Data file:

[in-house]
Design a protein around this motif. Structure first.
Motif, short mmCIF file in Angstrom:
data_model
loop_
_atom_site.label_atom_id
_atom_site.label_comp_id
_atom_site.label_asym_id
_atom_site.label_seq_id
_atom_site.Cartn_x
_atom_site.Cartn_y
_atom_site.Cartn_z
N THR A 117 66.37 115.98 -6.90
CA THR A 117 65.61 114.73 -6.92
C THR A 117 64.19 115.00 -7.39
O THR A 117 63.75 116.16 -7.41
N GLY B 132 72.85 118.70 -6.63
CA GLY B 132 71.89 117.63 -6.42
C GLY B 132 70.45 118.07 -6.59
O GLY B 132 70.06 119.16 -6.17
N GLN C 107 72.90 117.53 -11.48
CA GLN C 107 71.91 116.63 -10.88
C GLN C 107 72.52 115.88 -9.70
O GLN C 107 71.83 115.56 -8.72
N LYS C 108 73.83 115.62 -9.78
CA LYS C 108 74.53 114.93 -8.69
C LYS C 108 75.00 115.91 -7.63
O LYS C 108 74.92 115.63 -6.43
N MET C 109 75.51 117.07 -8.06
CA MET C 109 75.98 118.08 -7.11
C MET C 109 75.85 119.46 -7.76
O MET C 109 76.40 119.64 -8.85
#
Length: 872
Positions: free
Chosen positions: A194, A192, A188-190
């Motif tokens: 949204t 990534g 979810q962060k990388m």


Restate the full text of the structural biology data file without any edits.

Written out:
[in-house]
Design a protein around this motif. Structure first.
Motif, short mmCIF file in Angstrom:
data_model
loop_
_atom_site.label_atom_id
_atom_site.label_comp_id
_atom_site.label_asym_id
_atom_site.label_seq_id
_atom_site.Cartn_x
_atom_site.Cartn_y
_atom_site.Cartn_z
N THR A 117 66.37 115.98 -6.90
CA THR A 117 65.61 114.73 -6.92
C THR A 117 64.19 115.00 -7.39
O THR A 117 63.75 116.16 -7.41
N GLY B 132 72.85 118.70 -6.63
CA GLY B 132 71.89 117.63 -6.42
C GLY B 132 70.45 118.07 -6.59
O GLY B 132 70.06 119.16 -6.17
N GLN C 107 72.90 117.53 -11.48
CA GLN C 107 71.91 116.63 -10.88
C GLN C 107 72.52 115.88 -9.70
O GLN C 107 71.83 115.56 -8.72
N LYS C 108 73.83 115.62 -9.78
CA LYS C 108 74.53 114.93 -8.69
C LYS C 108 75.00 115.91 -7.63
O LYS C 108 74.92 115.63 -6.43
N MET C 109 75.51 117.07 -8.06
CA MET C 109 75.98 118.08 -7.11
C MET C 109 75.85 119.46 -7.76
O MET C 109 76.40 119.64 -8.85
#
Length: 872
Positions: free
Chosen positions: A194, A192, A188-190
């Motif tokens: 949204t 990534g 979810q962060k990388m």